Sometimes there's a problem in the communication between the client and the server. If so, it's a bug in CVS, but how would you go about tracking down such a thing?
CVS gives you a way to watch the protocol between the client and server.
Before you run the command on the local (working copy) machine, set the
CVS_CLIENT_LOG. Here's how in Bourne shell
floss$ CVS_CLIENT_LOG=clog; export CVS_CLIENT_LOG
Once that variable is set, CVS will record all communications between client and server in two files whose names are based on the variable's value:
floss$ ls CVS/ README.txt a-subdir/ b-subdir/ foo.gif hello.c floss$ cvs update ? clog.in ? clog.out cvs server: Updating . cvs server: Updating a-subdir cvs server: Updating a-subdir/subsubdir cvs server: Updating b-subdir floss$ ls CVS/ a-subdir/ clog.in foo.gif README.txt b-subdir/ clog.out hello.c floss$
The clog.in file contains everything that the client sent into the server, and clog.out contains everything the server sent back out to the client. Here are the contents of clog.out, to give you a sense of what the protocol looks like:
Valid-requests Root Valid-responses valid-requests Repository \ Directory Max-dotdot Static-directory Sticky Checkin-prog Update-prog \ Entry Kopt Checkin-time Modified Is-modified UseUnchanged Unchanged \ Notify Questionable Case Argument Argumentx Global_option Gzip-stream \ wrapper-sendme-rcsOptions Set expand-modules ci co update diff log add \ remove update-patches gzip-file-contents status rdiff tag rtag import \ admin export history release watch-on watch-off watch-add watch-remove \ watchers editors init annotate noop ok M ? clog.in M ? clog.out E cvs server: Updating . E cvs server: Updating a-subdir E cvs server: Updating a-subdir/subsubdir E cvs server: Updating b-subdir ok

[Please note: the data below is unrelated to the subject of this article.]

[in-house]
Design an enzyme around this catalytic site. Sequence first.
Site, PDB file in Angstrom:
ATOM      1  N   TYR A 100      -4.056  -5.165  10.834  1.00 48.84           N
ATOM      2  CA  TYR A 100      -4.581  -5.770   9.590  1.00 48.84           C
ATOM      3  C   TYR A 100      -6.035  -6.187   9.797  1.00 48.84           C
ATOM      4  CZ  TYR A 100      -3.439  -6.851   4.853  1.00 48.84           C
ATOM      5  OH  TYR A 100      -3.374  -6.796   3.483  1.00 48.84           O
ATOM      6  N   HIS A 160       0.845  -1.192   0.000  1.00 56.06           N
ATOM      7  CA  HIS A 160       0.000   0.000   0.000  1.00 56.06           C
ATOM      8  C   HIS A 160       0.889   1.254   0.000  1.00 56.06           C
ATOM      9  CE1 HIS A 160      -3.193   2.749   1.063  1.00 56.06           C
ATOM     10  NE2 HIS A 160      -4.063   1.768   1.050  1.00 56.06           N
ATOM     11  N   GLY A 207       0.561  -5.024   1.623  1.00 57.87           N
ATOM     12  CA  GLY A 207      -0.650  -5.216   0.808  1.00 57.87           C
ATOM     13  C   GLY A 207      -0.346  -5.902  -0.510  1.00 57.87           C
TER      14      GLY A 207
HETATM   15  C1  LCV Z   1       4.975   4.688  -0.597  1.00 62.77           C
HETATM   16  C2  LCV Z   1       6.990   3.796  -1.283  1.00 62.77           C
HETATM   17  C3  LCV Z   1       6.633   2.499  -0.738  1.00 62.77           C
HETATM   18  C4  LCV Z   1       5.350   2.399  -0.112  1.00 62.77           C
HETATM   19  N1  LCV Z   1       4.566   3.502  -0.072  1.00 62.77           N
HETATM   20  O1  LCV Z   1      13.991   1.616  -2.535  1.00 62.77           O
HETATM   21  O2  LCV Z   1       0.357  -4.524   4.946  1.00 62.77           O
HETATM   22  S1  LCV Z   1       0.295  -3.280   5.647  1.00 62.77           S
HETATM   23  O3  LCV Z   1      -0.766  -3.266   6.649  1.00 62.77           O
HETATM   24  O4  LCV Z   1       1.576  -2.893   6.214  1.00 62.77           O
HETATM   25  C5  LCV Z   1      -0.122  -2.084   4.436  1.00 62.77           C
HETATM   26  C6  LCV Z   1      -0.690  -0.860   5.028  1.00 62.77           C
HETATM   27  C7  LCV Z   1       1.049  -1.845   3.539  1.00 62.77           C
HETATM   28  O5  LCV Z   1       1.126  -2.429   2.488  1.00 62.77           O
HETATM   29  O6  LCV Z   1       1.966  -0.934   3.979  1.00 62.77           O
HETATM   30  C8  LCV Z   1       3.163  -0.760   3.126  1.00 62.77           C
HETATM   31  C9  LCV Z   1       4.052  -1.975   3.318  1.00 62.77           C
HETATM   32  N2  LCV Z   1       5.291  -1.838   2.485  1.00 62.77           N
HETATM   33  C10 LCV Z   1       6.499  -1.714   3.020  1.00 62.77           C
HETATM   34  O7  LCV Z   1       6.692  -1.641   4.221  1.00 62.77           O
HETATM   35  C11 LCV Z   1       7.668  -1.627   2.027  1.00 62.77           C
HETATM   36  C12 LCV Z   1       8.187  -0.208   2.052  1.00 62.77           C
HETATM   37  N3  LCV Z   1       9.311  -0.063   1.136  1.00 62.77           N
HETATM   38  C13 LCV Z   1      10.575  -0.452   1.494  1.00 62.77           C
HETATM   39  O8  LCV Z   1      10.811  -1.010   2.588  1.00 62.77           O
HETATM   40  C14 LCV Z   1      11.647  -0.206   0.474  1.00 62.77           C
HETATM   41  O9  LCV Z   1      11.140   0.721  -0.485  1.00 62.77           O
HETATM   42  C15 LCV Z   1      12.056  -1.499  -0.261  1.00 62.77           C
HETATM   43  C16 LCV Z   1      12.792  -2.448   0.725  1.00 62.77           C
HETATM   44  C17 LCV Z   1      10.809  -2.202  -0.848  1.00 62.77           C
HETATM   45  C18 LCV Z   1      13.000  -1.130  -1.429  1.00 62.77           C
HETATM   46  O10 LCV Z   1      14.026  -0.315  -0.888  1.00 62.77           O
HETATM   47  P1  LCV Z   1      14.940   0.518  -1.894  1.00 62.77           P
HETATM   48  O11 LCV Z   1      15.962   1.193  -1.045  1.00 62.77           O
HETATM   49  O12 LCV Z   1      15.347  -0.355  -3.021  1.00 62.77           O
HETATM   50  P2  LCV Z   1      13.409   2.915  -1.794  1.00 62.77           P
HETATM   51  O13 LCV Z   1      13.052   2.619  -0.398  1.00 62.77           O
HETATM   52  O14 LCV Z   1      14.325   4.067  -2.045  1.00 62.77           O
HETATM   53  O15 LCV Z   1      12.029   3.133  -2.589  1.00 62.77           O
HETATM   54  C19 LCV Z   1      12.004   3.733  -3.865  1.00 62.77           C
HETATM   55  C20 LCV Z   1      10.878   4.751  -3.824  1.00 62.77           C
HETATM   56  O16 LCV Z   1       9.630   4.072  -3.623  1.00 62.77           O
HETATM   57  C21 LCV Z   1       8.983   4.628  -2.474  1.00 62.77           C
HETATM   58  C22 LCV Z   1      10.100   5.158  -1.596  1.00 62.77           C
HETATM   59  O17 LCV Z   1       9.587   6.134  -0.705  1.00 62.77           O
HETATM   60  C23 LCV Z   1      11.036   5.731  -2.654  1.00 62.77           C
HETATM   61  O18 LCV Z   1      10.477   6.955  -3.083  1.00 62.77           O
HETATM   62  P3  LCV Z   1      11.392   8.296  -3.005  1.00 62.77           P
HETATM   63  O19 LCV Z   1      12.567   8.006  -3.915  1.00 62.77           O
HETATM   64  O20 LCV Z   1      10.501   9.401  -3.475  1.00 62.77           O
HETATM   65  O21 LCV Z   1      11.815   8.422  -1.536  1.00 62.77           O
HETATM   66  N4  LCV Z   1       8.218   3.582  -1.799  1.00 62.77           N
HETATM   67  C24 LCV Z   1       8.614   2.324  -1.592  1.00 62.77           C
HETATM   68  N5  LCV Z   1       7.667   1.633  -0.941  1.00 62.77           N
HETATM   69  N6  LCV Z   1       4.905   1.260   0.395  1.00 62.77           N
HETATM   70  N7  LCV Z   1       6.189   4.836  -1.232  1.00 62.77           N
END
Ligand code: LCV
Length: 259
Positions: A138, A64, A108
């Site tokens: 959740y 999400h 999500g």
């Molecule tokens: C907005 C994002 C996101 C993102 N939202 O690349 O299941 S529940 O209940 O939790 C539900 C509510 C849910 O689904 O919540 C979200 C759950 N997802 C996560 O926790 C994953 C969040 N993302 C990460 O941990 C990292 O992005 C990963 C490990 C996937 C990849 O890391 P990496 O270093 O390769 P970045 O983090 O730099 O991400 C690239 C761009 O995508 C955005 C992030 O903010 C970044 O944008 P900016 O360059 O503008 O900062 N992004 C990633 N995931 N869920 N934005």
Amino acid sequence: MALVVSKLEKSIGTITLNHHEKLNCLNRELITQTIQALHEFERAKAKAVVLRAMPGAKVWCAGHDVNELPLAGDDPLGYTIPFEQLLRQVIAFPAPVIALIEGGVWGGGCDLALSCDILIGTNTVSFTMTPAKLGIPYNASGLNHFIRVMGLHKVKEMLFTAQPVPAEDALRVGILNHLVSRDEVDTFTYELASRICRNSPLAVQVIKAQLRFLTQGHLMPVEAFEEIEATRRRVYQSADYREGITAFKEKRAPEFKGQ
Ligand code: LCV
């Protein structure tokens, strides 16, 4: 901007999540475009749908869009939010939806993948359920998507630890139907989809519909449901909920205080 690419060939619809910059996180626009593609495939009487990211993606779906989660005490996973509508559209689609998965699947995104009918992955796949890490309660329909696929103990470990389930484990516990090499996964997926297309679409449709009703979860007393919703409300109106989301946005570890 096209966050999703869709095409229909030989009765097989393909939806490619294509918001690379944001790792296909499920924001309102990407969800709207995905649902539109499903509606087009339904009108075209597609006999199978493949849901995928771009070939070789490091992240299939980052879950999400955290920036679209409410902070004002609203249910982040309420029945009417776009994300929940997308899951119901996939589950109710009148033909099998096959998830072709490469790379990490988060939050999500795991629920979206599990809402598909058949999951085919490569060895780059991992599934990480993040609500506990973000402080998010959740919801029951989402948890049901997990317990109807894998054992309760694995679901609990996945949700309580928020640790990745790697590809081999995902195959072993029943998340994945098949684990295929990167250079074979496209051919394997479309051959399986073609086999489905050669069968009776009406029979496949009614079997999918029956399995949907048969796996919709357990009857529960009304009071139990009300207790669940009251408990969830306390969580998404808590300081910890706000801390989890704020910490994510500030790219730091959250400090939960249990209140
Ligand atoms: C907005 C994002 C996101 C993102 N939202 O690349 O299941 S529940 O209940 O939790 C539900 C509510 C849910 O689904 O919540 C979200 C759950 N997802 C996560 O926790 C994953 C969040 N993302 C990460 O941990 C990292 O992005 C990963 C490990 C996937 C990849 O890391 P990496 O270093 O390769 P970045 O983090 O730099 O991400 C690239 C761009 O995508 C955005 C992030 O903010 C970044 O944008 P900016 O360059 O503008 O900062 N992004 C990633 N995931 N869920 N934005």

The clog.in file is even more complex, because it has to send revision numbers and other per-file information to the server.
There isn't space here to document the client/server protocol, but you
can read the
cvsclient Info pages that were distributed with CVS
for a complete description. You may be able to figure out a good deal
of it just from reading the raw protocol itself. Although you probably
won't find yourself using client logging until you've eliminated all of
the other possible causes of a problem, it is an invaluable tool for
finding out what's really going on between the client and server.